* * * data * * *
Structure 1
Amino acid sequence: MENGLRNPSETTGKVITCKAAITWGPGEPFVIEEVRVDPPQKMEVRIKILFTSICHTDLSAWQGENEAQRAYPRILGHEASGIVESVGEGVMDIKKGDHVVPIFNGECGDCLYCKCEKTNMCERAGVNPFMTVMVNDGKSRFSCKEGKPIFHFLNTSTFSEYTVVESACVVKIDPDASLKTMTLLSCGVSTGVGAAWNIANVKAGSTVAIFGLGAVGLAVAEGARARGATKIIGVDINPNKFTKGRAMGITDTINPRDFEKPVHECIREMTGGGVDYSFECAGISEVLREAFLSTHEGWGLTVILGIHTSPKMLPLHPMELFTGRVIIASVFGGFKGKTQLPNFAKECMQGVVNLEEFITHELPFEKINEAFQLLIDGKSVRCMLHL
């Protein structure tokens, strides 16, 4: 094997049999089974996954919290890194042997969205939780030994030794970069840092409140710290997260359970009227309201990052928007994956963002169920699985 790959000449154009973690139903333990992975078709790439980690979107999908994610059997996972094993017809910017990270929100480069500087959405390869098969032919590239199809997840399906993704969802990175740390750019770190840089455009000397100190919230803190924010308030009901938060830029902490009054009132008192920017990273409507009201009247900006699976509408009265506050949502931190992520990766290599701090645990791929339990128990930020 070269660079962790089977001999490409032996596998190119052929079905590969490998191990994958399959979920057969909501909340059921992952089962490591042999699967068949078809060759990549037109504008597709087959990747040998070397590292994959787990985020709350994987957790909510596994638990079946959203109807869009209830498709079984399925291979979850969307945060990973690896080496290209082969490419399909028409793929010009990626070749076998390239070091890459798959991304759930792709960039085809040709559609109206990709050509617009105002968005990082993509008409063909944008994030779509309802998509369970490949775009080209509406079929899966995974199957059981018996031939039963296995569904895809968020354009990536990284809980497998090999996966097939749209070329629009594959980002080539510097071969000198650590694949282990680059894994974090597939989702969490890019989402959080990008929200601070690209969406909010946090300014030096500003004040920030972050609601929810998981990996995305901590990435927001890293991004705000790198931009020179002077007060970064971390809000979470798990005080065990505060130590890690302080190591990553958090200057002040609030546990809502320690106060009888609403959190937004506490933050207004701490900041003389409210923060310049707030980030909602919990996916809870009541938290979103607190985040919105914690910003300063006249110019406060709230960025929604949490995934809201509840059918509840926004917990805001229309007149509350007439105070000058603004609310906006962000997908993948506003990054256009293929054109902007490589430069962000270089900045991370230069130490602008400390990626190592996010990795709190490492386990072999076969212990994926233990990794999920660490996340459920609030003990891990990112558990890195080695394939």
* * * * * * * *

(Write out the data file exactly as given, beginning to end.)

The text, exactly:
Structure 1
Amino acid sequence: MENGLRNPSETTGKVITCKAAITWGPGEPFVIEEVRVDPPQKMEVRIKILFTSICHTDLSAWQGENEAQRAYPRILGHEASGIVESVGEGVMDIKKGDHVVPIFNGECGDCLYCKCEKTNMCERAGVNPFMTVMVNDGKSRFSCKEGKPIFHFLNTSTFSEYTVVESACVVKIDPDASLKTMTLLSCGVSTGVGAAWNIANVKAGSTVAIFGLGAVGLAVAEGARARGATKIIGVDINPNKFTKGRAMGITDTINPRDFEKPVHECIREMTGGGVDYSFECAGISEVLREAFLSTHEGWGLTVILGIHTSPKMLPLHPMELFTGRVIIASVFGGFKGKTQLPNFAKECMQGVVNLEEFITHELPFEKINEAFQLLIDGKSVRCMLHL
């Protein structure tokens, strides 16, 4: 094997049999089974996954919290890194042997969205939780030994030794970069840092409140710290997260359970009227309201990052928007994956963002169920699985 790959000449154009973690139903333990992975078709790439980690979107999908994610059997996972094993017809910017990270929100480069500087959405390869098969032919590239199809997840399906993704969802990175740390750019770190840089455009000397100190919230803190924010308030009901938060830029902490009054009132008192920017990273409507009201009247900006699976509408009265506050949502931190992520990766290599701090645990791929339990128990930020 070269660079962790089977001999490409032996596998190119052929079905590969490998191990994958399959979920057969909501909340059921992952089962490591042999699967068949078809060759990549037109504008597709087959990747040998070397590292994959787990985020709350994987957790909510596994638990079946959203109807869009209830498709079984399925291979979850969307945060990973690896080496290209082969490419399909028409793929010009990626070749076998390239070091890459798959991304759930792709960039085809040709559609109206990709050509617009105002968005990082993509008409063909944008994030779509309802998509369970490949775009080209509406079929899966995974199957059981018996031939039963296995569904895809968020354009990536990284809980497998090999996966097939749209070329629009594959980002080539510097071969000198650590694949282990680059894994974090597939989702969490890019989402959080990008929200601070690209969406909010946090300014030096500003004040920030972050609601929810998981990996995305901590990435927001890293991004705000790198931009020179002077007060970064971390809000979470798990005080065990505060130590890690302080190591990553958090200057002040609030546990809502320690106060009888609403959190937004506490933050207004701490900041003389409210923060310049707030980030909602919990996916809870009541938290979103607190985040919105914690910003300063006249110019406060709230960025929604949490995934809201509840059918509840926004917990805001229309007149509350007439105070000058603004609310906006962000997908993948506003990054256009293929054109902007490589430069962000270089900045991370230069130490602008400390990626190592996010990795709190490492386990072999076969212990994926233990990794999920660490996340459920609030003990891990990112558990890195080695394939």